Monday, November 9, 2015

Halley’s Comet - 1910



Halley’s Comet in Ohio County


From the Hartford Herald, Issue of May 18, 1910:

Halley’s Comet is due today.  Look for it over in the east.  Passes us and sun.  Hereafter, will be seen of evenings, and then gradually fading away.  If this evening is clear it will be of great interest and importance to look for illumination of the sky.

From the Hartford Herald, Issue of May 26, 1910:

THE COMET CAME—WAS NO COLLISON.  EARTH PASSED THROUGH TAIL WITHOUT A JAR.  SUN SPOTS THE ONLY SIGN.  WILL BE SEEN OF EVENINGS FOR A WHILE, THEN GONE
FOR ANOTHER 75 YEARS.

The comet came, the comet went, and this old earth is no worse and no better and, thus far, very little wiser.  There was no collision as the superstitious and the ignorant feared, and now that the comet is headed away from us, there will be no recurrence of the manifestations of terror that were recorded from all parts of the country and of the world. 

The earth did pass through the tail of the comet, and simultaneously brilliant auroral displays were seen from Williams Bay, Wisconsin, Milwaukee and elsewhere, but the majority of astronomers were not willing to concede that the streamers in the heavens were consequent upon the presence of cometic matter in our atmosphere. 

Comet parties were held everywhere – in the streets, on roof tops, in gardens – but for all that was visible to the naked eye, the tail of the comet was indeed “the veriest approach to nothing set in the midst of the night.”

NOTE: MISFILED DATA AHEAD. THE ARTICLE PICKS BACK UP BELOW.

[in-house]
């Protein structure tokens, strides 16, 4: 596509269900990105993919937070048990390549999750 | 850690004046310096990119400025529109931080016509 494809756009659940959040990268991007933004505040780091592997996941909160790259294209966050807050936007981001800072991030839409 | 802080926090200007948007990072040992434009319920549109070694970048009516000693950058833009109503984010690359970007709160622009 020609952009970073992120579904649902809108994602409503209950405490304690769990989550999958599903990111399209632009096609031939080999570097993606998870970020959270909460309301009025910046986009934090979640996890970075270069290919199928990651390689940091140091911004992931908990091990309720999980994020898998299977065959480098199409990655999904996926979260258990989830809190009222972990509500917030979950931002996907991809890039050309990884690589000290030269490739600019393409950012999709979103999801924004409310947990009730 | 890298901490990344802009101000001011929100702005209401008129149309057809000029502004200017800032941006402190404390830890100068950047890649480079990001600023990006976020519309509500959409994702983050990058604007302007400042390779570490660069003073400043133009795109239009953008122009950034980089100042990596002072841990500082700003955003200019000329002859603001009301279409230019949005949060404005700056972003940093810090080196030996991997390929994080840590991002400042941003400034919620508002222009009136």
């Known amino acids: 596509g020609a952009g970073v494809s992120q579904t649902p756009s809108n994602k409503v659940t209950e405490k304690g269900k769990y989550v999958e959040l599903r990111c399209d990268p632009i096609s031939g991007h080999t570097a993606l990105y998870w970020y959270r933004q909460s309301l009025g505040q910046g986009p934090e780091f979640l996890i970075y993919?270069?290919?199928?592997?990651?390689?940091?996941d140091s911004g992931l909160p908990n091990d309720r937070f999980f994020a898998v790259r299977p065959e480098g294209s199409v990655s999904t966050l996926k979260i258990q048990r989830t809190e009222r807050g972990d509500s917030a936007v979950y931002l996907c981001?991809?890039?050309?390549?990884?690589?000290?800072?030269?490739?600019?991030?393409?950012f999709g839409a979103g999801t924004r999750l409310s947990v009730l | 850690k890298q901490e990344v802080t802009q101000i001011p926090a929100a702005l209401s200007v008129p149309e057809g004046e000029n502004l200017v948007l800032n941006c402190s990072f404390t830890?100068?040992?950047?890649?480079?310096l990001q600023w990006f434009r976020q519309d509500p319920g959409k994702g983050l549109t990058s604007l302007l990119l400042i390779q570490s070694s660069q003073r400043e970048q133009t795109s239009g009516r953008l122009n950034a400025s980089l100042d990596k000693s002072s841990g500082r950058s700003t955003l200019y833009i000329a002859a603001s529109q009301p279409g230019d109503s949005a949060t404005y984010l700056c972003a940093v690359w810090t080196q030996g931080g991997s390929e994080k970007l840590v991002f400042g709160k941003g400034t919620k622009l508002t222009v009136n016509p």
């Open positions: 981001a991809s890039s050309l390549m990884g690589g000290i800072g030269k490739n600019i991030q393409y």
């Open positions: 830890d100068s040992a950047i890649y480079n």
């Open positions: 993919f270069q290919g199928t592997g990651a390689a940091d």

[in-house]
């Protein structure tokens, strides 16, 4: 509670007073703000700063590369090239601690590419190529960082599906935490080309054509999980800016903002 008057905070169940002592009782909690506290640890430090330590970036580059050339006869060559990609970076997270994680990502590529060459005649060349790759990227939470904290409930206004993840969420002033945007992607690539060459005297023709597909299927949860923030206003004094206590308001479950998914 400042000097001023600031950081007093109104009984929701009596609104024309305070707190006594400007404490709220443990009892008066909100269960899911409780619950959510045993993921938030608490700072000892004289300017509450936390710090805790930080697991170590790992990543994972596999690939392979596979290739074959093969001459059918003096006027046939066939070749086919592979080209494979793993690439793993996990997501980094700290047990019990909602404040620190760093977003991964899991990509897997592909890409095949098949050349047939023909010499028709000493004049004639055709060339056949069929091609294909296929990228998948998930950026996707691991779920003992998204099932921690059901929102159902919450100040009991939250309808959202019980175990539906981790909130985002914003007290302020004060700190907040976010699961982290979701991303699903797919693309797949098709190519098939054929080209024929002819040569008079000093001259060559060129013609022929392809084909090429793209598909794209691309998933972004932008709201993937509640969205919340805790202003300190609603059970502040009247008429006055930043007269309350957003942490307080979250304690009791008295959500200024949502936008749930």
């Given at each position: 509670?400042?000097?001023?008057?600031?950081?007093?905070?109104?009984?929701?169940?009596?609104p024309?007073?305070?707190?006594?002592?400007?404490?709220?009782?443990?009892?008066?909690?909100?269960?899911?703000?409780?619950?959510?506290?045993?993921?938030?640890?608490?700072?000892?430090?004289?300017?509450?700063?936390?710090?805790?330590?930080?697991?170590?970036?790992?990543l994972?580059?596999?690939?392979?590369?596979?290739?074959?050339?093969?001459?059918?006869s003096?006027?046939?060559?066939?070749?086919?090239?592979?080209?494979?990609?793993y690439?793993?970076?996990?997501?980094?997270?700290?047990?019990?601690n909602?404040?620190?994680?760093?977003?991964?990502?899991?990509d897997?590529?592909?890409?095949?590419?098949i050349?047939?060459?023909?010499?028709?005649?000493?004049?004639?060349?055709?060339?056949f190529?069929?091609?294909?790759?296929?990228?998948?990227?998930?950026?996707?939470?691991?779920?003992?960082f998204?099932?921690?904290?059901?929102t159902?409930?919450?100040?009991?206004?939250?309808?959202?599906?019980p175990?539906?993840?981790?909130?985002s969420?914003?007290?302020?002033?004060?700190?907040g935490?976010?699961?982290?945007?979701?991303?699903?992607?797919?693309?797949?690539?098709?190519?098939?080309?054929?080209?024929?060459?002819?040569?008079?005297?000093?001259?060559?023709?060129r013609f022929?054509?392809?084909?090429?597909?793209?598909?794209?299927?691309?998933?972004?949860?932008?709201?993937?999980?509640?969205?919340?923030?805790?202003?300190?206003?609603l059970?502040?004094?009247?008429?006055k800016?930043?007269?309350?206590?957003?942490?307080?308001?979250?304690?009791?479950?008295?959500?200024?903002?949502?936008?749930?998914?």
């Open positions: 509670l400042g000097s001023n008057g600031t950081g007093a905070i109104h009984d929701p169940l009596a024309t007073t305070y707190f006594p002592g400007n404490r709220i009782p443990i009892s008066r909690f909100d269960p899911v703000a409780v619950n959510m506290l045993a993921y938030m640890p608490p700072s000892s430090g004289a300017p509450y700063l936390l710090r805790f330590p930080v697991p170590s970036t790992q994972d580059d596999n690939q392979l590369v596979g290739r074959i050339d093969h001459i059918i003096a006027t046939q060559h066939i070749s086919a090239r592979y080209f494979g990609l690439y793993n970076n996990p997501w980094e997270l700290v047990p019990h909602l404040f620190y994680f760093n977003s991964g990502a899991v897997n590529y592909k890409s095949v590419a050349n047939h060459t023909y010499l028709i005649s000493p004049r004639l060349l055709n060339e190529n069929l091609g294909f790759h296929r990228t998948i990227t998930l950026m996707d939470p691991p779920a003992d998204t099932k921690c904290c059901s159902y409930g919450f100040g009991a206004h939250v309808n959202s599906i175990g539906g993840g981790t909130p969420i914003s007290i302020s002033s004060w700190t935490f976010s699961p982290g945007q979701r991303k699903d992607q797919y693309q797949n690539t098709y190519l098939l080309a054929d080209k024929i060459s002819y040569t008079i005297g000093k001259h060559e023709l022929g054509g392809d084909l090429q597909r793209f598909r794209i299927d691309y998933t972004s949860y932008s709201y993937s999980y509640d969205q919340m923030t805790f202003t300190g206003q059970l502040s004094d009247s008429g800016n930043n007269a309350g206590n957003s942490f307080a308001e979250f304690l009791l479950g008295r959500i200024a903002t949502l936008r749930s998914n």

Various internet descriptive notes about the comet:

In 1910 when Earth was due to pass through the tail of Halley’s comet, there was great anticipation of its arrival.  It created quite a stir because the comet’s unusually close approach was seen as a sign of impending doom, a notion the  press did nothing to dispel as rumors flew across the country.

Most reporters of the day turned to astronomers to get the facts straight, but the yellow press chose to pursue the story in more fanciful ways, helping to fuel the fears of the impressionable that the end of the world was nigh. Despite some published reports leading up to the event, the comet’s tail did not contain poisonous gases, and there was never any danger of a celestial collision, either.

Edmond Halley, astronomer, was the first to determine its orbit and accurately predict its return to the Earth’s night sky. Thus, the comet was named for him.  Although Halley died 16 years before his prediction could be tested, the comet appeared on Christmas night 1758, right on schedule. It’s been Halley’s comet ever since, appearing at regular 74- to 79-year intervals.

Thanks to expansive newspaper coverage everywhere, the 1910 pass of Earth was especially close and, eagerly anticipated by the general public. In fact, Earth’s orbit carried it through the end of the comet’s 24-million-mile-long tail for six hours on May 19.

When will Halley's comet return?

Halley's comet will next appear in the night sky in the year 2062. It orbits the sun every 75-76 years, so this is the time between appearances. Halley's comet was recorded by Edmund Halley in 1682. It was seen again in 1758, 1835, 1910, and 1986.
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Submitted by Janice Brown

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